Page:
Plano ISD board of trustees unanimously called for a $1.49 billion bond election during its Aug. 16 meeting. The bond package, which includes four propositions ranging from $19.21 million to $1.16 billion, will go before PISD voters during the Nov. 8 election.

If all four propositions are approved, PISD would be able to spend a total of $1,495,638,000 for “critical” projects in the district, 2022 Future Forward Task Force co-chairs Rick Cinclair and Marshall Jackson said on Aug. 2.

“We as a district ... need this bond to be competitive and to not fall behind other districts,” trustee Lauren Tyra said.

During the Aug. 16 meeting, the board approved some changes to the bond package from what was presented to them on Aug. 2 by the task force. Proposition A will total $1.17 billion to cover the majority of the work needed in the district. The increase from the previously discussed $1.16 billion total for the proposition was due to a recommendation for baseball and softball stadium renovations to be included there instead of in Proposition D.

If approved by voters, Proposition A will fund major and minor districtwide renovations, including projects for safety and security; infrastructure and transportation; fine arts; technology; athletics; career and technical education; and more.

Proposition B is for $173.45 million for instructional technology, Proposition C could give PISD $130 million for a district event center; and Proposition D totals $19.21 million that would be used for stadium renovations and new turf.

Johnny Hill, PISD deputy superintendent for business and employee services, said Proposition D will also allow the district to make safety improvements to the parking lot at John Clark Stadium. Proposition D was previously presented to the board at more than $27.81 million.

Board President David Stolle said he is confident in the district’s ability to quickly pay off the debt.

"I'm very proud of the way that we've managed our debt," he said. "For 35-40 years this was a fast growing community that issued bonds to build new buildings. We're not that anymore. ... We're going to ask our voters whether or not they trust us to use these the dollars in a way that we say we're going to use them, which is exactly what we've done for the last 11 years.”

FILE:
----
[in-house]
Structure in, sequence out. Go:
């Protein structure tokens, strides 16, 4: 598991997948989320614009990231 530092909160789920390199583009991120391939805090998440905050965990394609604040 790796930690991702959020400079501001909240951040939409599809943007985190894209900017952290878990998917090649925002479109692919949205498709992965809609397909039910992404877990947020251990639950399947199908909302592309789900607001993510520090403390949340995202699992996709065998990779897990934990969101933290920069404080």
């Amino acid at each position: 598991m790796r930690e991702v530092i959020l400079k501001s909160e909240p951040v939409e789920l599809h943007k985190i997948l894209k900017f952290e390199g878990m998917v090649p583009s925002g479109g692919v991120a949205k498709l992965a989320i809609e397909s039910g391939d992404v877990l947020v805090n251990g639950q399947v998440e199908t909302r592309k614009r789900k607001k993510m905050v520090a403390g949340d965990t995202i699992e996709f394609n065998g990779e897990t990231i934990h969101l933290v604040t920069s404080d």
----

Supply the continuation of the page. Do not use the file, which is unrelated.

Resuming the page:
In total, the district is in need of more than $2.24 billion in projects, but that was cut by about a third to land at the $1.49 billion total, the task force co-chairs said earlier this month.

The district is able to issue up to $1.52 billion without increasing the district’s property tax rate, Hill said on Aug. 2. The proposed bond was suggested without knowledge of the district’s threshold for a tax increase. District officials said the task force worked for more than five months on the bond package recommendation.

Nearly 79% of district voters passed a $481 million bond in May 2016. That bond provided funds for districtwide renovations, the fine arts center, technology improvements, early childhood education and more.

The board also called an election to get voter approval for its property tax rate of $1.25975 per $100 valuation as that rate exceeds exceeds the district's voter-approved tax rate.

If approved, the election would bring around $9 million in funds for the district without changing the amount of property taxes, district officials said.

Editor's note: This story has been updated to correct attribution of a quote to trustee Lauren Tyra.